Category Archives: Lingua

Smokey lentil stew with potatoes and leeks

My friend in Virginia sent a recipe for this stew that is from the NY Times. I am a big lentil fan and even though I make soups with lentils often I thought this one sounded a bit different.

And how! It was it different. The key ingredient is the smoked paprika. It adds a big smokey taste. I made it today for lunch and we both loved it. I will make it again as a dinner meal and add some sausage. It is a perfect winter-time stew.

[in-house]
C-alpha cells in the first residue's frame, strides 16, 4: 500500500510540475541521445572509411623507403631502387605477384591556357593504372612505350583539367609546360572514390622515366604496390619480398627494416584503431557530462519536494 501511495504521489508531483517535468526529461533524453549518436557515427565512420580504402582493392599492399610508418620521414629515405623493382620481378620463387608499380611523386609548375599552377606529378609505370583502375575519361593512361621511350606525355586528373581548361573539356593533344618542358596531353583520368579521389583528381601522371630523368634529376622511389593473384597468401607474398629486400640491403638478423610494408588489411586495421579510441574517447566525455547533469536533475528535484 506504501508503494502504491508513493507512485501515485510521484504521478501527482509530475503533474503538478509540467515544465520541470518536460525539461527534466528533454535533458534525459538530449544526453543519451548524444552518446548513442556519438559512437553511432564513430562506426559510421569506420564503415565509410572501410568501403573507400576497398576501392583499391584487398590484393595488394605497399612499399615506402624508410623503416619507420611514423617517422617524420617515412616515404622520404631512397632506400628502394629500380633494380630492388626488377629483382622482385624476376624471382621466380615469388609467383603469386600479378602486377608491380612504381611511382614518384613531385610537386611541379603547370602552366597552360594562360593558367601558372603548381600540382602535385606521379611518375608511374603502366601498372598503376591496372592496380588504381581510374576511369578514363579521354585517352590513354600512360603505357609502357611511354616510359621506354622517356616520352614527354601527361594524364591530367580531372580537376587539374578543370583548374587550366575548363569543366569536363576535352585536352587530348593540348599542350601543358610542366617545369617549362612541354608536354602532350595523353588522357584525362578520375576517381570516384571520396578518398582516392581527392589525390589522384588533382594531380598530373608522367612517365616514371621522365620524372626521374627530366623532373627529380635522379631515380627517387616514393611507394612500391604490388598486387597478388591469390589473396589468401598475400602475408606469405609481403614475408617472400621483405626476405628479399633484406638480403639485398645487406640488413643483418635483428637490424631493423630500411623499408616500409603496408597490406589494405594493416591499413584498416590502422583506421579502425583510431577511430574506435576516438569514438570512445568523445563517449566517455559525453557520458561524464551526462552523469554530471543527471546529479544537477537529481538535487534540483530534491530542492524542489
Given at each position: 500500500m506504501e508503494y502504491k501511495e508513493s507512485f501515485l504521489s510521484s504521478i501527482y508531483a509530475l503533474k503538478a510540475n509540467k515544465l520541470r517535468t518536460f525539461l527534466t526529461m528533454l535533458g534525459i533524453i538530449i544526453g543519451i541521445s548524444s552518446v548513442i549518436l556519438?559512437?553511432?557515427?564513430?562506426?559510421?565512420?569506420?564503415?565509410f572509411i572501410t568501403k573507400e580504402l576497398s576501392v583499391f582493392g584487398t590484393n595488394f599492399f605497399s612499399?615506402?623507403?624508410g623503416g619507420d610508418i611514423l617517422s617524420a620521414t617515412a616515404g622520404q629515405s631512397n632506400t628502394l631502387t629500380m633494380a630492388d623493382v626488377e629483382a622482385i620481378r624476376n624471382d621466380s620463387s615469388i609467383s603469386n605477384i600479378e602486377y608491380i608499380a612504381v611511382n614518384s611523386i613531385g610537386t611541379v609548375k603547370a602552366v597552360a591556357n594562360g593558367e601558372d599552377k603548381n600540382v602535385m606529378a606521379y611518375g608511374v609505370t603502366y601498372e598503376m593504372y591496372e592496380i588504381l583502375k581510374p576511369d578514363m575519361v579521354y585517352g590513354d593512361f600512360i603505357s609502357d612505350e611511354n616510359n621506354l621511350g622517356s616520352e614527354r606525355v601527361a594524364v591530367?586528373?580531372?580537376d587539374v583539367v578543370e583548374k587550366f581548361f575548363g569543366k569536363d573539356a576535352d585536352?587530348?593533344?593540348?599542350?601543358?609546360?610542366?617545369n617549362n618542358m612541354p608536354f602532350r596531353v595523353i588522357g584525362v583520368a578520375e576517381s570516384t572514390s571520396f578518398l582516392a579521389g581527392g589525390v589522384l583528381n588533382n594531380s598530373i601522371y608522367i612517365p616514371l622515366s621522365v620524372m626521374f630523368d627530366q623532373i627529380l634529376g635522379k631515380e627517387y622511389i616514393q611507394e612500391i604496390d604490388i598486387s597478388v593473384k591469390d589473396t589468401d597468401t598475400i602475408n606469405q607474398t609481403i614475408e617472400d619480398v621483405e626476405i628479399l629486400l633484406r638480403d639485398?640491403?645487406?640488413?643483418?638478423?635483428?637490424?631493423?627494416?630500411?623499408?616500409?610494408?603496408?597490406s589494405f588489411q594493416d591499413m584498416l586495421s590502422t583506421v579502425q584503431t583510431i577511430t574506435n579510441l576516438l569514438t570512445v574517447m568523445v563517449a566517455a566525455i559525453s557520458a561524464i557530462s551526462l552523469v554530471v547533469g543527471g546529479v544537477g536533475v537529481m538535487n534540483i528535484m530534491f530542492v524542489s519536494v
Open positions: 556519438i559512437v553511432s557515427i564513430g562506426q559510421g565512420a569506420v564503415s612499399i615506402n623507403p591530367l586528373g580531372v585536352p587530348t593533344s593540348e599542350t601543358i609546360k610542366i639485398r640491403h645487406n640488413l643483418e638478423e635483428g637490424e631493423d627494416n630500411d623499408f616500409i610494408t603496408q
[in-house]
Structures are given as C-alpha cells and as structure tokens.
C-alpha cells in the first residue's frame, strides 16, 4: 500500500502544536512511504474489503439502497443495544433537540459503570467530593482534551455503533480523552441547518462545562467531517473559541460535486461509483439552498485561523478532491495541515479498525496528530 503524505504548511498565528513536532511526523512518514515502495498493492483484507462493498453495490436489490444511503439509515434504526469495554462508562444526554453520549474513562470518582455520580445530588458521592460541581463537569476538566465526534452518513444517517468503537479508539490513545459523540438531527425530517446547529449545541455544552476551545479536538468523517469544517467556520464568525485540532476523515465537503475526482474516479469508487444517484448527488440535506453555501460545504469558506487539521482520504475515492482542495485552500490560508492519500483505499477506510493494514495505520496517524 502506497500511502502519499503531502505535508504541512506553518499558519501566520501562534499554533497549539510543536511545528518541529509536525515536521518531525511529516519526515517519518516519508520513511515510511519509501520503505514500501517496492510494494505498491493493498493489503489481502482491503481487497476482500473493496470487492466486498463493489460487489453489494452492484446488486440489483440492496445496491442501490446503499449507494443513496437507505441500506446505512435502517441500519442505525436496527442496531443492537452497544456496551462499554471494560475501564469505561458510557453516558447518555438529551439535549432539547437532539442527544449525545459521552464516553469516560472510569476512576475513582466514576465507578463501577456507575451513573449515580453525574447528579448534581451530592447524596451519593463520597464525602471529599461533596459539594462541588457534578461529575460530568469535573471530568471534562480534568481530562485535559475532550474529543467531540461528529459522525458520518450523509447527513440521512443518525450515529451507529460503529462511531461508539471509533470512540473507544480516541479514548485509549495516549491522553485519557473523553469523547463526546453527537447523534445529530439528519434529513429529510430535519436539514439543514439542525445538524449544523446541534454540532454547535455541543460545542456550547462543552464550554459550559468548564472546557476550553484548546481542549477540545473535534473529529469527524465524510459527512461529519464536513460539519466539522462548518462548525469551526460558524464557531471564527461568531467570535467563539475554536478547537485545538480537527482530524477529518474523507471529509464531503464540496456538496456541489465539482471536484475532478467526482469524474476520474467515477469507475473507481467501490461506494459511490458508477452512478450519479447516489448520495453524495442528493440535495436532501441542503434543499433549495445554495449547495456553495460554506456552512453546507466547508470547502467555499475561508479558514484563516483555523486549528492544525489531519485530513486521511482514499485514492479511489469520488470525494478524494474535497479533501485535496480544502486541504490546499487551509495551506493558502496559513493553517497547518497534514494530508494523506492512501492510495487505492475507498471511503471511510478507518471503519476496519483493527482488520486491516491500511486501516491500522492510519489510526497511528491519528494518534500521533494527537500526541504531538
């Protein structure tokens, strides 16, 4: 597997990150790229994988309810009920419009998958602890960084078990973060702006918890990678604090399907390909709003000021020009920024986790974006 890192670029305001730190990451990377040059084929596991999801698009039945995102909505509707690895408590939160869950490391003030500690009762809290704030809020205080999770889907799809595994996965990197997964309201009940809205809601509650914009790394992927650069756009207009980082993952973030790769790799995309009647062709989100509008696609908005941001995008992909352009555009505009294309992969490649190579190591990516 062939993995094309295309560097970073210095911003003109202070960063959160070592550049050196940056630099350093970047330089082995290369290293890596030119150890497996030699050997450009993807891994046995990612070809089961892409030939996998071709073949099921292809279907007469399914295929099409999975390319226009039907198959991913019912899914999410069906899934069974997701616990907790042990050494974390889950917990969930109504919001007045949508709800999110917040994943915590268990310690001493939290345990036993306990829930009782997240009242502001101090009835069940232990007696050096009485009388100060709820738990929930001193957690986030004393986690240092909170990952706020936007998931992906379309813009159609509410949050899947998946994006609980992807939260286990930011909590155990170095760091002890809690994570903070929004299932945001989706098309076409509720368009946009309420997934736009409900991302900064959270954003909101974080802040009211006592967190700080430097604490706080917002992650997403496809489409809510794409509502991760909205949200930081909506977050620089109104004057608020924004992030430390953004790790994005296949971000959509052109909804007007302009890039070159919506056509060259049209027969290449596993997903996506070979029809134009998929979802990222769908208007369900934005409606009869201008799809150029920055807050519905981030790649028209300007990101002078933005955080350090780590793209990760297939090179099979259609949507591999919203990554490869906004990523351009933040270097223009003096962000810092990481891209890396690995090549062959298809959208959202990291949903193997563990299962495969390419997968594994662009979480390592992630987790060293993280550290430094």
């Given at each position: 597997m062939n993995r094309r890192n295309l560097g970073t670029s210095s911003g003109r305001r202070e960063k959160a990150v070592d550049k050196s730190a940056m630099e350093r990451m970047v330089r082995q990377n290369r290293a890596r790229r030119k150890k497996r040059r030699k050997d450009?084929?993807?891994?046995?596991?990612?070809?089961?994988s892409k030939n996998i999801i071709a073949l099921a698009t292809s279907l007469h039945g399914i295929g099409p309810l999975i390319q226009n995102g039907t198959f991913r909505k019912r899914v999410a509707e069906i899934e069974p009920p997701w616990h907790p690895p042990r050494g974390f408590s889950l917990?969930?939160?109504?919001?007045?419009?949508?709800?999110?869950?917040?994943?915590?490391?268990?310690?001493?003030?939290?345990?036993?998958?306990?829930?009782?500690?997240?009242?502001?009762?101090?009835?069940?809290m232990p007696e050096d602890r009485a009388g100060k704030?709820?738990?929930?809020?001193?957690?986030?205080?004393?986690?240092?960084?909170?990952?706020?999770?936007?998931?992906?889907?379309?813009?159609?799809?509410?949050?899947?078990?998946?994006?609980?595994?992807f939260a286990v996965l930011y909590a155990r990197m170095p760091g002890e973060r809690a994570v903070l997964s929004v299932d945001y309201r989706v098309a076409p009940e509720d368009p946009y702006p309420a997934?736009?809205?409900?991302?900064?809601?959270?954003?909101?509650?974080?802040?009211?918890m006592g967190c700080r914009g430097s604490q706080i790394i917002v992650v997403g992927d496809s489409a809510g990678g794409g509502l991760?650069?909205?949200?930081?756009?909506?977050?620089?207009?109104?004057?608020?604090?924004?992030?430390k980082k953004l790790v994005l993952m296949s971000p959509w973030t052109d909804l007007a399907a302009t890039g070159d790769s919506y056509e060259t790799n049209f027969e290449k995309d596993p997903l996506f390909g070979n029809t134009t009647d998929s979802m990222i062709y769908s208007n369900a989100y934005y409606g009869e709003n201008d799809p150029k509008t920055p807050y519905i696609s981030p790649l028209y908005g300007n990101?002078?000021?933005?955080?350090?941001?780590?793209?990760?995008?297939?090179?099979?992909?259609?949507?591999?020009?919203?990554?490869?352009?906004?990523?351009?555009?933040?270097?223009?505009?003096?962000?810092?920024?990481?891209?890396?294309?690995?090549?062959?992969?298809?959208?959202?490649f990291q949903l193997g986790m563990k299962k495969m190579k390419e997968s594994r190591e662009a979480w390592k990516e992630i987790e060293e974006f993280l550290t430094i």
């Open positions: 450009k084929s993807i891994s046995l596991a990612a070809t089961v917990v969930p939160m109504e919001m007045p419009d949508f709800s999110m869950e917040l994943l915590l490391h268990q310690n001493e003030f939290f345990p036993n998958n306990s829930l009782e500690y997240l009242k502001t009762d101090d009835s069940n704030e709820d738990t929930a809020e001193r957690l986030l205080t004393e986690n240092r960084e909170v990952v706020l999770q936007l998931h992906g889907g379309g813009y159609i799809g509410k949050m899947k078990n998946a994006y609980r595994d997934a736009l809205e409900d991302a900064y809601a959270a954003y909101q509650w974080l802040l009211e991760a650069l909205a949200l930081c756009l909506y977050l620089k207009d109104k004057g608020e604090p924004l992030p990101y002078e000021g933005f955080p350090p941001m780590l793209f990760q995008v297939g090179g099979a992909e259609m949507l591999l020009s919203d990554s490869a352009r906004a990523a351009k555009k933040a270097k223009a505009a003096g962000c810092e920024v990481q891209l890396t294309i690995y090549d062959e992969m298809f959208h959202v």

I made quite a few changes to the Times recipe. First off, I simplified things. For instance they used three (!) pots to make it…I reduced that to two. I didn’t put the onion in with the cooking lentils but added it in with the leeks. I totally took out the saffron. It was such a small amount in a huge and highly spiced stew. You never could’ve tasted it and besides, it is an expensive ingredient. Waste. I sautéed the spices in with the leeks and in the oil to bring out their flavor. Anyway it was a hit with us! I put the recipe in the recipes in the top menu bar. Tap the title twice if it doesn’t come up with only one tap.